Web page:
With over 100 islands spread throughout five archipelagos, French Polynesia is as varied as it is exotic. Island hopping allows you to see every landscape, from geometric ridges strung with waterfalls on the high islands to flat, desert-like atolls where lagoons far outsize the landmass. Spanning an area as large as Europe, French Polynesia can be intimidating to the first-time visitor. Technically an overseas collectivity of France, this globally renowned destination is considered by many to be a slice of heaven on earth. With its idyllic beaches, postcard-worthy sunsets, and incredible turquoise waters filled with abundant marine life, French Polynesia’s Society Islands, most notably Tahiti, Moorea, Bora Bora, Raiatea, and Taha’a, attract the majority of the region’s visitors. Yet there’s all this – and more – to discover in these halcyon isles.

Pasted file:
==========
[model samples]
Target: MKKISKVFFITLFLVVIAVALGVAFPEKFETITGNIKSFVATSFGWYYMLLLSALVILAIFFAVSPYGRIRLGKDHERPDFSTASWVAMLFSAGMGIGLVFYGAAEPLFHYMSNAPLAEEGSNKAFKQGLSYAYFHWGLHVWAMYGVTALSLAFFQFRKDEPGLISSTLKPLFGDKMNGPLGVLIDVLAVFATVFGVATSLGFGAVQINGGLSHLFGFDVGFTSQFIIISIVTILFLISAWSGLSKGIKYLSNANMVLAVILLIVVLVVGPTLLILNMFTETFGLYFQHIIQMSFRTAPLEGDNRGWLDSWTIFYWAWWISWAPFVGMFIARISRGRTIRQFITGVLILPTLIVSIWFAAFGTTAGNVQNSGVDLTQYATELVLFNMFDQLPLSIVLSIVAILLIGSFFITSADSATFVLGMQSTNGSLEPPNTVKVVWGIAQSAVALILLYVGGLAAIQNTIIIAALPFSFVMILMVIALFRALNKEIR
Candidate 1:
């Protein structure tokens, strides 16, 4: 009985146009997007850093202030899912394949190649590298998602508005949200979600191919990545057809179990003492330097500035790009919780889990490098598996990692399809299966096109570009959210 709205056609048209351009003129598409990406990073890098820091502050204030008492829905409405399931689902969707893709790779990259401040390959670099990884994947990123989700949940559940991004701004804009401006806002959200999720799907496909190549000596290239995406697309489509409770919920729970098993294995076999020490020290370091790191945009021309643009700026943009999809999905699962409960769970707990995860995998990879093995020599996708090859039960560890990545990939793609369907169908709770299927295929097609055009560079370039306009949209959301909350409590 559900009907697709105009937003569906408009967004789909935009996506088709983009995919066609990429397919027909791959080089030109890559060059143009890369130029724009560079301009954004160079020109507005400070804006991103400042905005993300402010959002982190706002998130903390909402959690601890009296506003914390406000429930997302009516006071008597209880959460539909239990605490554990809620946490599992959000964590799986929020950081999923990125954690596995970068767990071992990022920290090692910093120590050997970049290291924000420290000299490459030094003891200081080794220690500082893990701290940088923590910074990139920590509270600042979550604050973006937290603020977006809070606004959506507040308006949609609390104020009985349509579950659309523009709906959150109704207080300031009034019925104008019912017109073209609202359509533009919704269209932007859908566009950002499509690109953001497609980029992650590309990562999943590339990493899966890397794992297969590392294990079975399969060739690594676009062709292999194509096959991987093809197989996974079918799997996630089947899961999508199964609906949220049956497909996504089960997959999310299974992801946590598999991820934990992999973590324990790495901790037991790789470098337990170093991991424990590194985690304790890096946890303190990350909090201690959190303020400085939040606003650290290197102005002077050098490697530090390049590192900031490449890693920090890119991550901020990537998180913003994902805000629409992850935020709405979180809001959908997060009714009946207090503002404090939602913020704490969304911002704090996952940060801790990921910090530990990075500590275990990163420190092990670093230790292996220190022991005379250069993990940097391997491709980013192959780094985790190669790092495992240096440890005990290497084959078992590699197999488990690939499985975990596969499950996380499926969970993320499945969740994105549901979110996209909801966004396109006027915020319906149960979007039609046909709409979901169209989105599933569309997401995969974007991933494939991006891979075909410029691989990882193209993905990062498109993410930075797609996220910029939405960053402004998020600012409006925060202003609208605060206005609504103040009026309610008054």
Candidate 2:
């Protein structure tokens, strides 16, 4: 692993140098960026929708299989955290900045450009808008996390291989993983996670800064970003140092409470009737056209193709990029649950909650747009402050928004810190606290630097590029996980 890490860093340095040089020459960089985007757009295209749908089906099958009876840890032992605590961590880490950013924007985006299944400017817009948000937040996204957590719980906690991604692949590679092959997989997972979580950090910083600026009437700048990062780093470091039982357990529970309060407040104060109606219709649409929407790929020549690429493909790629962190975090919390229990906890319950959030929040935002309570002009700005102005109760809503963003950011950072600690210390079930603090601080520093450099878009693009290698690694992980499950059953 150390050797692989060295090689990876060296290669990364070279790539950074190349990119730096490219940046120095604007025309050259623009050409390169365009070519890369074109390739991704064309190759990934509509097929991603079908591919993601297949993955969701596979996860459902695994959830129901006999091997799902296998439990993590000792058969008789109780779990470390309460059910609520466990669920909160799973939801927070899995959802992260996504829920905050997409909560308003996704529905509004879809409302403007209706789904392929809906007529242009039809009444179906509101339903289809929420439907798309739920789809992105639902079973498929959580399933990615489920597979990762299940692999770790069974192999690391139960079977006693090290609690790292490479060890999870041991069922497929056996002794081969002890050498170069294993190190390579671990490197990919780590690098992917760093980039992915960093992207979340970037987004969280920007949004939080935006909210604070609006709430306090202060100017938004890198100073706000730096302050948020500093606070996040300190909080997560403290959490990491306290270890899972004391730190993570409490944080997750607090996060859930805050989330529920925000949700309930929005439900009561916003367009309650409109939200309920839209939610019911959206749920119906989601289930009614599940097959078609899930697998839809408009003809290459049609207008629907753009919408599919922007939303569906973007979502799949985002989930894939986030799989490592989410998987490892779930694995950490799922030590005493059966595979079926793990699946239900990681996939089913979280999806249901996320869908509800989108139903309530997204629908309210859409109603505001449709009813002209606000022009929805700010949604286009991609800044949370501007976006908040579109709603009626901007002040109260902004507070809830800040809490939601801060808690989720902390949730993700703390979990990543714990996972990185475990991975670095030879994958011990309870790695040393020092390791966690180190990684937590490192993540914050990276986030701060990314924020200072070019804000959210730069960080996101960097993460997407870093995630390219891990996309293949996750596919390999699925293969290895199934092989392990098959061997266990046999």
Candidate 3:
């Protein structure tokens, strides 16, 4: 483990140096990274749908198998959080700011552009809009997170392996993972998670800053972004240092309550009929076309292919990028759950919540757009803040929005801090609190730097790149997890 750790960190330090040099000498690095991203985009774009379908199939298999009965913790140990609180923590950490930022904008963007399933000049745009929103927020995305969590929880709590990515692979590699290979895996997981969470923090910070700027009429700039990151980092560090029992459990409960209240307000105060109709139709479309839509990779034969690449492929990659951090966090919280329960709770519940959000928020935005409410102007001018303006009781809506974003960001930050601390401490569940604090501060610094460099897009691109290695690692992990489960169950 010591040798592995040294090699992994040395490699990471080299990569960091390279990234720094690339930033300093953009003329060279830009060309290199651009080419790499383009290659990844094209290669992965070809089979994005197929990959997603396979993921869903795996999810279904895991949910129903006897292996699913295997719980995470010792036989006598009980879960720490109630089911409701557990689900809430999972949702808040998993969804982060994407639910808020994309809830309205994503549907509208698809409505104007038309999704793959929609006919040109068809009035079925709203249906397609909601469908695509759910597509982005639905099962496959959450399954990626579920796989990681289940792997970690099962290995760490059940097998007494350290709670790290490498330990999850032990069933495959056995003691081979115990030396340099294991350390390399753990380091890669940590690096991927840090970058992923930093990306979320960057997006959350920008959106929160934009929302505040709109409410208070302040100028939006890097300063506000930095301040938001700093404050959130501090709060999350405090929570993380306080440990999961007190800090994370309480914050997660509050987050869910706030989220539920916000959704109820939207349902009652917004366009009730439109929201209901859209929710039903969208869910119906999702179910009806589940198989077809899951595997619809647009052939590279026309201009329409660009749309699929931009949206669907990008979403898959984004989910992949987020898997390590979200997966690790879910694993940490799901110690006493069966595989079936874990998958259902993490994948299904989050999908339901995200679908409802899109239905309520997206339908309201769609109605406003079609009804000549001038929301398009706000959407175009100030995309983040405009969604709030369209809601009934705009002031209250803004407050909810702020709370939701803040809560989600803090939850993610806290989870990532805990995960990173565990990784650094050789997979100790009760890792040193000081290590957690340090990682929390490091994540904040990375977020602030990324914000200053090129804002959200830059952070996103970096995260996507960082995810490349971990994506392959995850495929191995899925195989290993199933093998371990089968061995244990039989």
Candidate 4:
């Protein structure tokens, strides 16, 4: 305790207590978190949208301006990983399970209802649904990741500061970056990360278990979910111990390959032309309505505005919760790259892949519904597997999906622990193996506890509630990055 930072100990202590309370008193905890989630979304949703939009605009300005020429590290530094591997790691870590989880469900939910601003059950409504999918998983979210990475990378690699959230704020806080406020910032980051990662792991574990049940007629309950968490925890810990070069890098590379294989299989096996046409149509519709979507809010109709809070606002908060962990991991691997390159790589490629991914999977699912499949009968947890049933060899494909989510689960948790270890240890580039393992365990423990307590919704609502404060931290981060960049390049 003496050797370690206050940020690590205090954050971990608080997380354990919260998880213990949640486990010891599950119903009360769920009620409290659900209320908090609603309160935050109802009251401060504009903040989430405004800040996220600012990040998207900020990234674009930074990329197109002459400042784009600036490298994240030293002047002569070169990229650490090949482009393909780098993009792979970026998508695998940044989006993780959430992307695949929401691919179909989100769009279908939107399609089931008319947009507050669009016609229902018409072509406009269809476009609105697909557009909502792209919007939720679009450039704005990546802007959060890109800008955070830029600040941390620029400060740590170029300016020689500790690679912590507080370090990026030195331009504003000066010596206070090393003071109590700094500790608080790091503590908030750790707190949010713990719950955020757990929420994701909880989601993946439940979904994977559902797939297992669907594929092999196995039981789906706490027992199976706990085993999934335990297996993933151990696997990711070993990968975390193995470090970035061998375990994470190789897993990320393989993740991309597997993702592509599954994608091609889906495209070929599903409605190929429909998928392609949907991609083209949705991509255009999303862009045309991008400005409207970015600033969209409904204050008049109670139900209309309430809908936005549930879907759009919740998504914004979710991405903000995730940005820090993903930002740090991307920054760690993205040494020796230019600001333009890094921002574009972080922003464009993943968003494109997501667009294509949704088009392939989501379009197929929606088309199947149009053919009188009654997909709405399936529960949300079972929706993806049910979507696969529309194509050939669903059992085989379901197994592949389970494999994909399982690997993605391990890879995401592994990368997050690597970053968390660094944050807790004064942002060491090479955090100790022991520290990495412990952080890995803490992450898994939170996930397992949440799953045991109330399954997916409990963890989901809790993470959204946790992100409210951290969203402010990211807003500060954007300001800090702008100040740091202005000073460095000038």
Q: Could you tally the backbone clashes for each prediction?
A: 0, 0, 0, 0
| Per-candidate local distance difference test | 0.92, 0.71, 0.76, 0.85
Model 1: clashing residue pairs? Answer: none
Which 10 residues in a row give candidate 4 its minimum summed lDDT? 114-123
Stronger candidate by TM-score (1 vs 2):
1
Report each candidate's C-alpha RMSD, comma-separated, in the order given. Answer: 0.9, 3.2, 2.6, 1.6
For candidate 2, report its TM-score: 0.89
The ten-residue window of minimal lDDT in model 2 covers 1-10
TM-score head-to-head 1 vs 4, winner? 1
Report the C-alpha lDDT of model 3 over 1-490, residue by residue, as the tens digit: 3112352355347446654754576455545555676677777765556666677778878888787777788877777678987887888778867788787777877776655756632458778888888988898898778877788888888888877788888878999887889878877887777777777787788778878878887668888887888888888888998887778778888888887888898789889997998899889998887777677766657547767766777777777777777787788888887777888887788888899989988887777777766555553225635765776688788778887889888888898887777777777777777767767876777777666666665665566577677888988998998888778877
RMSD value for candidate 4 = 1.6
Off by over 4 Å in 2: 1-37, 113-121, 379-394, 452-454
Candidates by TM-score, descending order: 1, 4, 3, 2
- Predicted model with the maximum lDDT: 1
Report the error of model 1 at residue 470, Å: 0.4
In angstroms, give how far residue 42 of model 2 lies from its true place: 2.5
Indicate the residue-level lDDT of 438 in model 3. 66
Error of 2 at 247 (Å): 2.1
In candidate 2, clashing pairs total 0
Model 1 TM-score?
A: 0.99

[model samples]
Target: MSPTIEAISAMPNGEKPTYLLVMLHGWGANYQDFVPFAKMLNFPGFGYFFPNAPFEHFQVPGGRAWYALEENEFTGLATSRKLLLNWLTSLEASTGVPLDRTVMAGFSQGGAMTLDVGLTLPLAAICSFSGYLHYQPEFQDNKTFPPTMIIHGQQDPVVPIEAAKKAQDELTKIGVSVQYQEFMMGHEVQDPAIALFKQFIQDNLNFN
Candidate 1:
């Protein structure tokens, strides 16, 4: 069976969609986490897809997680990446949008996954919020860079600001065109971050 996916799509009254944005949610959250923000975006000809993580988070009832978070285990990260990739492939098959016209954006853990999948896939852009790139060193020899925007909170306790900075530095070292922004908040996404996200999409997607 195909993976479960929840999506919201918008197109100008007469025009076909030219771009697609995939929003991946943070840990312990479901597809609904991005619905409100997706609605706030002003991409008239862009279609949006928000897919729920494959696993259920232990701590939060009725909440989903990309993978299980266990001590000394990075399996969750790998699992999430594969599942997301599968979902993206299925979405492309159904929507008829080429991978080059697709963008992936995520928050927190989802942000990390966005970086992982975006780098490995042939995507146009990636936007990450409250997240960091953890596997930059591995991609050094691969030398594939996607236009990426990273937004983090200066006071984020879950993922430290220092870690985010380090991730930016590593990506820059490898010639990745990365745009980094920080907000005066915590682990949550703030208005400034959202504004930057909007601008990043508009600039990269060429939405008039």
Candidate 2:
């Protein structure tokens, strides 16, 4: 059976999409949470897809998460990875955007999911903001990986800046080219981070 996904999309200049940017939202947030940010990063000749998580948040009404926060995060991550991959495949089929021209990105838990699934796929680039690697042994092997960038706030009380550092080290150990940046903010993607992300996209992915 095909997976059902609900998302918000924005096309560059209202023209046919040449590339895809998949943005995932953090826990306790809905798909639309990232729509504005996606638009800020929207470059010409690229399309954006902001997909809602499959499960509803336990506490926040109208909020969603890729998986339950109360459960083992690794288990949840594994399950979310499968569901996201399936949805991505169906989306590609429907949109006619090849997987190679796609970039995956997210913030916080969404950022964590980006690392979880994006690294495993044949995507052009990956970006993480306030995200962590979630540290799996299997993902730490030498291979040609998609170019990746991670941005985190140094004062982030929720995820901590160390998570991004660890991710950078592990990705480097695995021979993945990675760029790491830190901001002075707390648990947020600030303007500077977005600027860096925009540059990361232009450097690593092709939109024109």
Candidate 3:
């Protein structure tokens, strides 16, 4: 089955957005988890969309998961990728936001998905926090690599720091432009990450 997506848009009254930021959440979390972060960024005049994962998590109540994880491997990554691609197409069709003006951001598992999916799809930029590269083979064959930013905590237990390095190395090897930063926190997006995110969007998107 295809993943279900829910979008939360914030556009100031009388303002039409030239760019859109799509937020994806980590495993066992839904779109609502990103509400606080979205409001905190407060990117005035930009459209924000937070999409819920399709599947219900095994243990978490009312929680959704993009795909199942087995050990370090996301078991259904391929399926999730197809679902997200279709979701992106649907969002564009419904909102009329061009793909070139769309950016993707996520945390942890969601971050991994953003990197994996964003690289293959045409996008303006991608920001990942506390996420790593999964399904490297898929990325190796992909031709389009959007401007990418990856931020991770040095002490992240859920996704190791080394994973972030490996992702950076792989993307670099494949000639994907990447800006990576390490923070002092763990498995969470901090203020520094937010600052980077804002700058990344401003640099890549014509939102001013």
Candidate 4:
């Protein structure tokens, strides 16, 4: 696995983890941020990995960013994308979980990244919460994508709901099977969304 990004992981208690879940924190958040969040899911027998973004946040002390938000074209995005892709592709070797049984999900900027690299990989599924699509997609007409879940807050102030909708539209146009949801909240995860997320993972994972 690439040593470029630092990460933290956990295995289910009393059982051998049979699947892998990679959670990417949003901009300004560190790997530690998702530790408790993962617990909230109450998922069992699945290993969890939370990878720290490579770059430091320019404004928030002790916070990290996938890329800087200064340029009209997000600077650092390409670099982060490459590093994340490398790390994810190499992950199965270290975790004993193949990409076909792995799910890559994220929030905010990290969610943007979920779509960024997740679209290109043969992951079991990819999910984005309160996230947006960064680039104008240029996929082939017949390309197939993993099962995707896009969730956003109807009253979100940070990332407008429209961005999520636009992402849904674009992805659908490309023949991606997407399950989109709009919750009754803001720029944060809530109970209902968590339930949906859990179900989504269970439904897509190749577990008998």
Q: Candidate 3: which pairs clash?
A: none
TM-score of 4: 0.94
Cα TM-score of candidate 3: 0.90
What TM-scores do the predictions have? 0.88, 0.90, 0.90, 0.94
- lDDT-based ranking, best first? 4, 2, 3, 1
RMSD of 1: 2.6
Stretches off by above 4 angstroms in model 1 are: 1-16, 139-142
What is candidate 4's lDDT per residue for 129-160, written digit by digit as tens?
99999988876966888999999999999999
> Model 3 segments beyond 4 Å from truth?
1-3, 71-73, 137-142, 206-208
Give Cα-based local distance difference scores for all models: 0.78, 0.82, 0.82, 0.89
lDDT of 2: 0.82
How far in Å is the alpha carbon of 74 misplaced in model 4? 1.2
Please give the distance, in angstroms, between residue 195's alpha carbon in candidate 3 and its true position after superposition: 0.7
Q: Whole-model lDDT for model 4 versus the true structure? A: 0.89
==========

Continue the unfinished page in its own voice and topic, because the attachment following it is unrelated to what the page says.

Sculpted by sky-piercing, moss-green peaks and lined with vivid turquoise lagoons, sultry French Polynesia is a place to take it slow and experience warm, laid-back island culture. The slim stretches of white-, pink- and black-sand beaches in French Polynesia are really just pretty springboards into the real draw – the lagoons. Most high islands are surrounded by a fringing reef that creates a protected swimming pool of the most intense aqua imaginable. Coral atolls have this same calibre of lagoon minus the big island in the middle. Fish, dolphins, rays, sharks, turtles and more inhabit these clear-water coral gardens that are as excellent for snorkelling as they are for diving and swimming. Surfers ride glassy wave faces at reef passes while kitesurfers fly across the water with the trade winds.